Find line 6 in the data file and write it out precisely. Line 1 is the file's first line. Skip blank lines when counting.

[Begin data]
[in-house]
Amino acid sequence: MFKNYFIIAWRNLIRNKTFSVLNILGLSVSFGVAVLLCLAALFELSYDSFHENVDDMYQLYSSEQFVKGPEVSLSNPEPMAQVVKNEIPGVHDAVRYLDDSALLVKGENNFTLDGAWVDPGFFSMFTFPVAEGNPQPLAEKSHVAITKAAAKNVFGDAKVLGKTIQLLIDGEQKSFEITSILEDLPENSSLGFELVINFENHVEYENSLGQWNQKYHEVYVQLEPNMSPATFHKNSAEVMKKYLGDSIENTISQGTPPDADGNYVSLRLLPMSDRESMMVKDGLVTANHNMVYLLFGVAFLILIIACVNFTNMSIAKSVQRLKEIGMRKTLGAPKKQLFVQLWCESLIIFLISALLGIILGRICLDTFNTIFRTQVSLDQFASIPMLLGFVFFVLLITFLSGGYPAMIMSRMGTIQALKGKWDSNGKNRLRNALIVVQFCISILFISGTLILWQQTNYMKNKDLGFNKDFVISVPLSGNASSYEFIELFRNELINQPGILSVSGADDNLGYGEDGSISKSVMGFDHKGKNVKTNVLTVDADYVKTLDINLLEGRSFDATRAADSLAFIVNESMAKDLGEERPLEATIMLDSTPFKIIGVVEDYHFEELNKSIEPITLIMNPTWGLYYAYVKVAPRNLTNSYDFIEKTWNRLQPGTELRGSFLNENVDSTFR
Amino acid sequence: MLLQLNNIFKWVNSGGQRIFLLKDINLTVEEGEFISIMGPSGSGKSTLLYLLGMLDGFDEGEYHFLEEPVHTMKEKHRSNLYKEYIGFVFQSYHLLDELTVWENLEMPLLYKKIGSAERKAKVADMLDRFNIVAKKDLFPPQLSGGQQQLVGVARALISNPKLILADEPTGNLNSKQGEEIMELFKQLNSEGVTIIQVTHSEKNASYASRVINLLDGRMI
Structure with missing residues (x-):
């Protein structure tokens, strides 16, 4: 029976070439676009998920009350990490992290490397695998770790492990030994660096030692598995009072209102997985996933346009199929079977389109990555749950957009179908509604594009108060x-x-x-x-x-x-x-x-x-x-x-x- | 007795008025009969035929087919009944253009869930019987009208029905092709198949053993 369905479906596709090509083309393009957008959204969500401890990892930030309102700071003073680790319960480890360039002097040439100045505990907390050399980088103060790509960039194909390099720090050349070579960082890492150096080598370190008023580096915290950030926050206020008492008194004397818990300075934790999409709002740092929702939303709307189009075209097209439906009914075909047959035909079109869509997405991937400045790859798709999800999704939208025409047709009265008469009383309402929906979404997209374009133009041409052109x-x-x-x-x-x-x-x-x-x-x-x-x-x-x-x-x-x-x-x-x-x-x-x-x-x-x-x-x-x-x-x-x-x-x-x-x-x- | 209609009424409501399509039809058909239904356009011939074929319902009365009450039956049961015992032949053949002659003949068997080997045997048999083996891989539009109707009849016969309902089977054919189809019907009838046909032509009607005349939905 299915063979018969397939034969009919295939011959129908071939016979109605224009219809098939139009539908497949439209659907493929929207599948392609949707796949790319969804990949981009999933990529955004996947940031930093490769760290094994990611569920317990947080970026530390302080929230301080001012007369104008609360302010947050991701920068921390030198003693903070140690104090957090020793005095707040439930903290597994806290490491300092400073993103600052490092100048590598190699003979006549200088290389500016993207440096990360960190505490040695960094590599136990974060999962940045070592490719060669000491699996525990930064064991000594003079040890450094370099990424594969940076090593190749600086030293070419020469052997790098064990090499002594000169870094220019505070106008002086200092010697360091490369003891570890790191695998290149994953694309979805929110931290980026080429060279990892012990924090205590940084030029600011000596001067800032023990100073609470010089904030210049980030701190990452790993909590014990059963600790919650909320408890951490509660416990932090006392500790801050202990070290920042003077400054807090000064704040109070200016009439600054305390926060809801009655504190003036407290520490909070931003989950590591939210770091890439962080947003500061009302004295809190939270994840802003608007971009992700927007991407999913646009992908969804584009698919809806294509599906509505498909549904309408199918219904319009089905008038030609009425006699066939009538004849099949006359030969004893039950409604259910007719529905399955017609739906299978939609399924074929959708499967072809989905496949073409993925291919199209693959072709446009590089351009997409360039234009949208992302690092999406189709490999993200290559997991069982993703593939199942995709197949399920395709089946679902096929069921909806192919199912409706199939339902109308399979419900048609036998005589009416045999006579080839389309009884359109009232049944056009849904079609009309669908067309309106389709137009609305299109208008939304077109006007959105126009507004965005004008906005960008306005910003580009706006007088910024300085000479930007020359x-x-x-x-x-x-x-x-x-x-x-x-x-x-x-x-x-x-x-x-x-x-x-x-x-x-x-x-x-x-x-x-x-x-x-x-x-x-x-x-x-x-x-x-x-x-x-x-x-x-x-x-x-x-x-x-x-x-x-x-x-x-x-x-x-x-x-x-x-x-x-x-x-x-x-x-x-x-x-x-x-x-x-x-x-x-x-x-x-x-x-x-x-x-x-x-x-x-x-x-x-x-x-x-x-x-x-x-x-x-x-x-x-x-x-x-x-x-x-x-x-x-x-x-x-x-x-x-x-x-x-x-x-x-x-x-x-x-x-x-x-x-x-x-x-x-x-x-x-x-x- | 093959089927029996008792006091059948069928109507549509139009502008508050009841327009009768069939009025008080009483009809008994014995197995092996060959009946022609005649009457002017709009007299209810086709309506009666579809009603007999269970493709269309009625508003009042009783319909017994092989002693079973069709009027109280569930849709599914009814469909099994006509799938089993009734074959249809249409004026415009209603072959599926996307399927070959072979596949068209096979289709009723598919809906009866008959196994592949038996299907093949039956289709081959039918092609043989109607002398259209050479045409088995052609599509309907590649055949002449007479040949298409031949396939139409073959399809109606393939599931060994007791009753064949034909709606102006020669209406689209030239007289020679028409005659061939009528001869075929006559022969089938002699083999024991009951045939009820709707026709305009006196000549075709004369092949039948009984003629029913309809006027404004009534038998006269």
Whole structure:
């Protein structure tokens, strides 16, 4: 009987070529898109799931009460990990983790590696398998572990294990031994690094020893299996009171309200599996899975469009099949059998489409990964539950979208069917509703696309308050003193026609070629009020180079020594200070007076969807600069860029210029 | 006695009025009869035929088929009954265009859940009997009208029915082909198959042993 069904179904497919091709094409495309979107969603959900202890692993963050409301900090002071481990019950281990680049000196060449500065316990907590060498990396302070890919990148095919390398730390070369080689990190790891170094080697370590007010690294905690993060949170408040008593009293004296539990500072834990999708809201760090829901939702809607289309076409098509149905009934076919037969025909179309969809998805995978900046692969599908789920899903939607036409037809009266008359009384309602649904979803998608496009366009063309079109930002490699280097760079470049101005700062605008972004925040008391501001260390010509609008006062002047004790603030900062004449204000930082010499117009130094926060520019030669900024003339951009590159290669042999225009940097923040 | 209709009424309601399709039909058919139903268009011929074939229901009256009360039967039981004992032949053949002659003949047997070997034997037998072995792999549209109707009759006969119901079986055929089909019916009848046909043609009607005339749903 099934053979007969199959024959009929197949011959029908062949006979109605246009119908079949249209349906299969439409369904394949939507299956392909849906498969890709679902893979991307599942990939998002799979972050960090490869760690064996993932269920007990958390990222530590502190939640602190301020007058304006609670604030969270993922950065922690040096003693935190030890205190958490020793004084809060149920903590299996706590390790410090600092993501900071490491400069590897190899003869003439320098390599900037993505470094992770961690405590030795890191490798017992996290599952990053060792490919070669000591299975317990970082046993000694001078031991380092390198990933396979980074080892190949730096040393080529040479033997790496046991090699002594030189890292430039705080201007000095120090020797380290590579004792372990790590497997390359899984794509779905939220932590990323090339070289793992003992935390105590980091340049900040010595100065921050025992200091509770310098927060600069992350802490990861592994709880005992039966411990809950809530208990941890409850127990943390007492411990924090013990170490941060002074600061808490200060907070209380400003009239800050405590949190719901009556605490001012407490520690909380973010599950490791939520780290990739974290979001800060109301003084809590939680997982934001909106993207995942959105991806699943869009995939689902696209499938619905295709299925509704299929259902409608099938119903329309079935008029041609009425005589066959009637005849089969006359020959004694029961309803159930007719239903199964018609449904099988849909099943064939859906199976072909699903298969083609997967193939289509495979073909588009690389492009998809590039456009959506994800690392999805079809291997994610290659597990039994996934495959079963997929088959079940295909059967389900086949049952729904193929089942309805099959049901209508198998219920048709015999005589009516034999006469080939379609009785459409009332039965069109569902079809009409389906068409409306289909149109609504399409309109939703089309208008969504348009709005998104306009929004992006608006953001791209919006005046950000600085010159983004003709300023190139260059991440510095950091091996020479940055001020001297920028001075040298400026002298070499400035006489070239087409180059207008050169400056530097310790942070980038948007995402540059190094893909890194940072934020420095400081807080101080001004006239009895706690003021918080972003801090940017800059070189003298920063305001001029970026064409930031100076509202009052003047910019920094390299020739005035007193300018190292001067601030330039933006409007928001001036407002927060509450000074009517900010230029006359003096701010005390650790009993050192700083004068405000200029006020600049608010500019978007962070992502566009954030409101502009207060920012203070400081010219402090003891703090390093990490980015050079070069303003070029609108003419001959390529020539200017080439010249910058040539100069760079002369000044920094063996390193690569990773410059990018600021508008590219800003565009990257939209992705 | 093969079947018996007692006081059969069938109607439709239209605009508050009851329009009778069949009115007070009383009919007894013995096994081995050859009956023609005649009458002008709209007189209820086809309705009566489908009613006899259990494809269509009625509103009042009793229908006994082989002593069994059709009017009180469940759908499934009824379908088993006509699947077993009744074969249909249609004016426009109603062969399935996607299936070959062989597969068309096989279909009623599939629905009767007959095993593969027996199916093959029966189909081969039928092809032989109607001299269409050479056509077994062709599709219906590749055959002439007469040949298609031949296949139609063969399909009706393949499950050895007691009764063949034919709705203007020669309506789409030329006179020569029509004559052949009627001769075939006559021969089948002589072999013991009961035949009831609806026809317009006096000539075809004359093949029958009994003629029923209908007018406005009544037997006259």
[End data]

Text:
Whole structure: